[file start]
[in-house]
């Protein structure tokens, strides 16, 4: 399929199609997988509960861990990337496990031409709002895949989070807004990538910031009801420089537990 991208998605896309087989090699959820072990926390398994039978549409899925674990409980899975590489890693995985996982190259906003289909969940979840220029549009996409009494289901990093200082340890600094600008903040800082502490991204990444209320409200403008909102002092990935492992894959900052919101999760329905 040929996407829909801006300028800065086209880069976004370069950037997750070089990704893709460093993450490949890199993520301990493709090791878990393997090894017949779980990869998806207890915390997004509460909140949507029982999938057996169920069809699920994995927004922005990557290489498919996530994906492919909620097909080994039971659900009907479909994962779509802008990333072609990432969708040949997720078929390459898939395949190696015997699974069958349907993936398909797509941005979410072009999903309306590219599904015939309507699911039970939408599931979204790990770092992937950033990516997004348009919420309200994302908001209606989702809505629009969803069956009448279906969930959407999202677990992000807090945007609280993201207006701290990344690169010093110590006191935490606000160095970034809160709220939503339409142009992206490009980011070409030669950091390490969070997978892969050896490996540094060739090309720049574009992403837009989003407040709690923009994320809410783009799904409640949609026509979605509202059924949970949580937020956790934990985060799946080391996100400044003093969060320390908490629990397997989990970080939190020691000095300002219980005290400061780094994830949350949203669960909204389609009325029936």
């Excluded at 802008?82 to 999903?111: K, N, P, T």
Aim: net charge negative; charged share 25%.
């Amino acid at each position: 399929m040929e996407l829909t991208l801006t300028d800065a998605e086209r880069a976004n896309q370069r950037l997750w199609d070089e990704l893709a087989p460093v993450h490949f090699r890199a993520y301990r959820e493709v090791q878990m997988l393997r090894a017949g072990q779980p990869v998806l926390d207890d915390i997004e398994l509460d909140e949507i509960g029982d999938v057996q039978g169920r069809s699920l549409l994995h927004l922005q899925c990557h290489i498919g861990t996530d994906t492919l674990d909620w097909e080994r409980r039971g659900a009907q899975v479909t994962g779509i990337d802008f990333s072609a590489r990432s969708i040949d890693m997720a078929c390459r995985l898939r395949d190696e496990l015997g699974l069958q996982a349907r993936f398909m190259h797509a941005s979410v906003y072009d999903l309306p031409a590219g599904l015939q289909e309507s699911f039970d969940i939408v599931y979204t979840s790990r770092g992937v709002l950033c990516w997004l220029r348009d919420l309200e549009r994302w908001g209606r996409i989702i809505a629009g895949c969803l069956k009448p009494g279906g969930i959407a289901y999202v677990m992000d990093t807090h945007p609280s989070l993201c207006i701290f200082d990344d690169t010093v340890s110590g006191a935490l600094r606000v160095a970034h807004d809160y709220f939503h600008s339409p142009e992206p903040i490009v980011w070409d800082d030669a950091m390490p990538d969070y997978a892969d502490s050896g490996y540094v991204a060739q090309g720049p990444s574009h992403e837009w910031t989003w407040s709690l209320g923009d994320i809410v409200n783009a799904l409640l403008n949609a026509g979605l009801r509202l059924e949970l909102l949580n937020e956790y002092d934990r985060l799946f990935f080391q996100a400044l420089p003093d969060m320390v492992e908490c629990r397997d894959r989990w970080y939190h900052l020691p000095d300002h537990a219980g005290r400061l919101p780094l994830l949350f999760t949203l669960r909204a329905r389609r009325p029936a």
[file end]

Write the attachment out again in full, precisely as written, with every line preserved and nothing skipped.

[in-house]
């Protein structure tokens, strides 16, 4: 399929199609997988509960861990990337496990031409709002895949989070807004990538910031009801420089537990 991208998605896309087989090699959820072990926390398994039978549409899925674990409980899975590489890693995985996982190259906003289909969940979840220029549009996409009494289901990093200082340890600094600008903040800082502490991204990444209320409200403008909102002092990935492992894959900052919101999760329905 040929996407829909801006300028800065086209880069976004370069950037997750070089990704893709460093993450490949890199993520301990493709090791878990393997090894017949779980990869998806207890915390997004509460909140949507029982999938057996169920069809699920994995927004922005990557290489498919996530994906492919909620097909080994039971659900009907479909994962779509802008990333072609990432969708040949997720078929390459898939395949190696015997699974069958349907993936398909797509941005979410072009999903309306590219599904015939309507699911039970939408599931979204790990770092992937950033990516997004348009919420309200994302908001209606989702809505629009969803069956009448279906969930959407999202677990992000807090945007609280993201207006701290990344690169010093110590006191935490606000160095970034809160709220939503339409142009992206490009980011070409030669950091390490969070997978892969050896490996540094060739090309720049574009992403837009989003407040709690923009994320809410783009799904409640949609026509979605509202059924949970949580937020956790934990985060799946080391996100400044003093969060320390908490629990397997989990970080939190020691000095300002219980005290400061780094994830949350949203669960909204389609009325029936």
């Excluded at 802008?82 to 999903?111: K, N, P, T």
Aim: net charge negative; charged share 25%.
């Amino acid at each position: 399929m040929e996407l829909t991208l801006t300028d800065a998605e086209r880069a976004n896309q370069r950037l997750w199609d070089e990704l893709a087989p460093v993450h490949f090699r890199a993520y301990r959820e493709v090791q878990m997988l393997r090894a017949g072990q779980p990869v998806l926390d207890d915390i997004e398994l509460d909140e949507i509960g029982d999938v057996q039978g169920r069809s699920l549409l994995h927004l922005q899925c990557h290489i498919g861990t996530d994906t492919l674990d909620w097909e080994r409980r039971g659900a009907q899975v479909t994962g779509i990337d802008f990333s072609a590489r990432s969708i040949d890693m997720a078929c390459r995985l898939r395949d190696e496990l015997g699974l069958q996982a349907r993936f398909m190259h797509a941005s979410v906003y072009d999903l309306p031409a590219g599904l015939q289909e309507s699911f039970d969940i939408v599931y979204t979840s790990r770092g992937v709002l950033c990516w997004l220029r348009d919420l309200e549009r994302w908001g209606r996409i989702i809505a629009g895949c969803l069956k009448p009494g279906g969930i959407a289901y999202v677990m992000d990093t807090h945007p609280s989070l993201c207006i701290f200082d990344d690169t010093v340890s110590g006191a935490l600094r606000v160095a970034h807004d809160y709220f939503h600008s339409p142009e992206p903040i490009v980011w070409d800082d030669a950091m390490p990538d969070y997978a892969d502490s050896g490996y540094v991204a060739q090309g720049p990444s574009h992403e837009w910031t989003w407040s709690l209320g923009d994320i809410v409200n783009a799904l409640l403008n949609a026509g979605l009801r509202l059924e949970l909102l949580n937020e956790y002092d934990r985060l799946f990935f080391q996100a400044l420089p003093d969060m320390v492992e908490c629990r397997d894959r989990w970080y939190h900052l020691p000095d300002h537990a219980g005290r400061l919101p780094l994830l949350f999760t949203l669960r909204a329905r389609r009325p029936a």